Dr. Mwaba’s Story

My name is Catherine Mwaba and this my story…

A chance meeting in a corridor led to Dr. Catherine Mwaba becoming a cancer specialist.  At the time, she was working as a doctor in a hematology-oncology unit in the department of Paediatrics when she bumped into one of her supervisors who mentioned that interviews were taking place to select doctors wanting to specialize in oncology (cancer).  Catherine decided to go for the interviews, and she was successful. So, in 2003, she travelled to South Africa as one of a team of the first four doctors sponsored by the Zambian Government to study oncology (cancer).

‘I always say that being an oncologist is my calling because if I had not walked down that corridor that day, I would not have known about the interviews and the likelihood is I would not have become an oncologist,’ says Catherine.

Medicine was not Catherine’s first choice of a career.  When she completed her secondary school education, she enrolled in the School of Natural Sciences at the University of Zambia, although she didn’t make it to her second year. ‘I came from a secondary school environment which was very structured into a university where we were pretty much left alone to manage our own time and that was a challenge. It was the first time I had ever failed, so it was difficult to deal with,’ she says. Catherine then decided she wanted nothing to do with natural sciences and that she wanted to pursue a career in the corporate world, in either the fields of accountancy, mass communication, or banking. So, she set about applying for jobs, and in the process, she applied for a bursary to study International Relations and Economics in Russia, which was then the Soviet Union.

Her application was successful and Catherine travelled to Russia, only to find on arrival in Moscow that she had been placed in the School of Medicine and not International Relations which she had applied for. Catherine’s first reaction was to withdraw and return home because she did not want to study medicine. However, home was not an attractive option because there were tensions caused by her failing her first year at university and also the fact that living with her stepfather had been a challenge.  And so Catherine – encouraged by other Zambian students in Russia – decided to give medicine a try.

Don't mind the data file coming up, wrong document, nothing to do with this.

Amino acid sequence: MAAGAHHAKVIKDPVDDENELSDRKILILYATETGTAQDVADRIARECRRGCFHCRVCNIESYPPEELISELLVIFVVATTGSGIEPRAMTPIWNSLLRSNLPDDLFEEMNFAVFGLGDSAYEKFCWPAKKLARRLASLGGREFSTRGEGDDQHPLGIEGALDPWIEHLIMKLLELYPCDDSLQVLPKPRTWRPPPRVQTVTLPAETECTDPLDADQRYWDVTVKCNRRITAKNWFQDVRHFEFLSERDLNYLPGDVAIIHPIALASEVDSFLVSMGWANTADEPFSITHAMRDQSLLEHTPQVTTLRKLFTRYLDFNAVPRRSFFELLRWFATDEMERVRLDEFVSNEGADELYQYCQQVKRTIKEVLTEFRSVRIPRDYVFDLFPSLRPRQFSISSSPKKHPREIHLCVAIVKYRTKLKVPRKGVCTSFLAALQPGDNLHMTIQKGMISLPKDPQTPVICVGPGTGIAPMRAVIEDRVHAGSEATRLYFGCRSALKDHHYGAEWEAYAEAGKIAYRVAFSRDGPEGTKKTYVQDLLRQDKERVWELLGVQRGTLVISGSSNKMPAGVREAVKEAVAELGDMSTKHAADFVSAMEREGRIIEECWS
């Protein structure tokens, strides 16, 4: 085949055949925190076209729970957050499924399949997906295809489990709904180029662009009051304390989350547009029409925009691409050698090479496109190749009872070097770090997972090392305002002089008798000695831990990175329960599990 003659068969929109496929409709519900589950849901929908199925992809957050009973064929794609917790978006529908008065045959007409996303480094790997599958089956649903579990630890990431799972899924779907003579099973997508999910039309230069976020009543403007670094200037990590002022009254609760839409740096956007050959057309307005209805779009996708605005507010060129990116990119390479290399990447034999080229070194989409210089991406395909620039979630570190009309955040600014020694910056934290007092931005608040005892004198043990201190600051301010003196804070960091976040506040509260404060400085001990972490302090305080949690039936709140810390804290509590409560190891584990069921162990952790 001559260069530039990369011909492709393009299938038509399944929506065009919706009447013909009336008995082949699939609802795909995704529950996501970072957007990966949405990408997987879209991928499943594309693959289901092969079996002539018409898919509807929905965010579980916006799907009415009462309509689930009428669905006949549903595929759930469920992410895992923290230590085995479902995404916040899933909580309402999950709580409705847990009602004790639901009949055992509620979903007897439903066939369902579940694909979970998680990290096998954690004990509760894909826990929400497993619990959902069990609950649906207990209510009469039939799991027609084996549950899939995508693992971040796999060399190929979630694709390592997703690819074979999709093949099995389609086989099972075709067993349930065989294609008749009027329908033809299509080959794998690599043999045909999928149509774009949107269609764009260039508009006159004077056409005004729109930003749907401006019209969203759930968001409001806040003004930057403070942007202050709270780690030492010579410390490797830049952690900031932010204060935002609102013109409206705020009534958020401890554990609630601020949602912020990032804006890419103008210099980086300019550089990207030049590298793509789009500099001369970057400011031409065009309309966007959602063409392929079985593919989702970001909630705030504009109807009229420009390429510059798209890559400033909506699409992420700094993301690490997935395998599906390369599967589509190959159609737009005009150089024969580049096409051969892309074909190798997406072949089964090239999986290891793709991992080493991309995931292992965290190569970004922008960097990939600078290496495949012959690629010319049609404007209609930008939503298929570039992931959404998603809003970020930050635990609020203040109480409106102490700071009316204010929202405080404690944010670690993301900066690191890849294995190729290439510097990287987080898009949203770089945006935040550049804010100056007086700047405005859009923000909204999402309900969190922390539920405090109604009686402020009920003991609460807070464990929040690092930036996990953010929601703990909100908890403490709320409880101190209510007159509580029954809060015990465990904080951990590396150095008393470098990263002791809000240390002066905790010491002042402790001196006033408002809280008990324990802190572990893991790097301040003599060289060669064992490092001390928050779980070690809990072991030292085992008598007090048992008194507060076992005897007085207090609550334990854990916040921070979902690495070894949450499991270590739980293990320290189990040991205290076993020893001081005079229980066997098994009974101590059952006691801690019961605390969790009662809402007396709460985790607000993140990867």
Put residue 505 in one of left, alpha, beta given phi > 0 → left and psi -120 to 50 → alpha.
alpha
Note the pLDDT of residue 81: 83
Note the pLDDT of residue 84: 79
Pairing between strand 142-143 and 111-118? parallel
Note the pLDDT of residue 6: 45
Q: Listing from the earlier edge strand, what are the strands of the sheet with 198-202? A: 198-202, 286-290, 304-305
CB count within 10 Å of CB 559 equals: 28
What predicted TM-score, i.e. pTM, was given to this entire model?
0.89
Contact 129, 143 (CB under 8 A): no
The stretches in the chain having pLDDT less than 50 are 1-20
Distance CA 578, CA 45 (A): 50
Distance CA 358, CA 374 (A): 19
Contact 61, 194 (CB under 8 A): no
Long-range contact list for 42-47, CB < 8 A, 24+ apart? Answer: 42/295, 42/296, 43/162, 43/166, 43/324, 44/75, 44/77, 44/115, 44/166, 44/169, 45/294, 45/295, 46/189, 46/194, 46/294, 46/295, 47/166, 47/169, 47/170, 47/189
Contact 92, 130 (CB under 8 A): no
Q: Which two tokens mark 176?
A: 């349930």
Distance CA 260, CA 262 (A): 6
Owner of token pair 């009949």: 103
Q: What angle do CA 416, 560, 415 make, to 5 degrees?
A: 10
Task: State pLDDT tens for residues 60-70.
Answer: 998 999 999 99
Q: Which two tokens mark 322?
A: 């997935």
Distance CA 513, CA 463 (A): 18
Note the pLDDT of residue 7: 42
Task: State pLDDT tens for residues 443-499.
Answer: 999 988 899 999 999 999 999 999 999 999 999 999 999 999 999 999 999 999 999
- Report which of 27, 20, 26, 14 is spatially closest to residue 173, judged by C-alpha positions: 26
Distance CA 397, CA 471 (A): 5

Seven years later, Catherine graduated and returned to Zambia. Despite having qualified, Catherine was still not sure that the medical profession was for her. However, she decided to specialize in Paediatrics and Child Health at the University of Zambia, as she loved working with children. Catherine did a rural internship in Kasama in 2000 (the northern region of Zambia) and then returned to continue her program in pediatrics on completion of her rural posting. During her early days as a doctor, Catherine struggled with the differences between the attitudes and perspectives of the staff that trained abroad and those that trained locally. She also struggled with the hierarchical structures that existed in Zambia.  ‘In Russia, we were all doctors first then the hierarchy came second, so it was a challenge to work in an environment where hierarchy really counted,’ says Catherine.

Having worked as an oncologist (cancer specialist)  at the Cancer Diseases Hospital (CDH) in Lusaka for over 12 years, Catherine who is now head of Clinical and Radiation Oncology section and an ardent cancer activist has seen a great improvement in the facilities available to cancer patients in Zambia over the years. The opening of CDH has made more services available to patients. ‘At times people don’t realize that the government is spending money to provide these services because they don’t see money changing hands,’ says Catherine, who goes on to explain that as a doctor, one can only do one’s best in a resource-constrained environment where one operates. ‘It is not easy to work as a doctor in Zambia. If I did my job in another country, I would earn four times what I earn now, but for me, it is not about monetary gain. If it were, I would have migrated by now,’ says Catherine, who adds that she is often asked by her family why she doesn’t go and work abroad where the facilities and the conditions of service are much better.

Despite having been undecided about being a doctor for many years, Catherine now believes she is where she should be. A pertinent question asked by her pastor during a sermon at church; meeting George W Bush and being part of the organizing team in support of his Pink Ribbon, Red Ribbon initiative and inspiration and encouragement from doctors in whose footsteps she is following are some factors that have helped Catherine settle into her career and change the way she looks at life. She says, ‘oncology has taught me to appreciate life. Yes, there is burnout and there are frustrations, but I know I am here for a reason. I know this is my calling.’

This story (edited) is from the book “Nthano Zathu: Breaking The Silence On Cancer In  Zambia” – a Zambian Cancer Society publication written by Ellen Banda-Aaku and first published in 2015.




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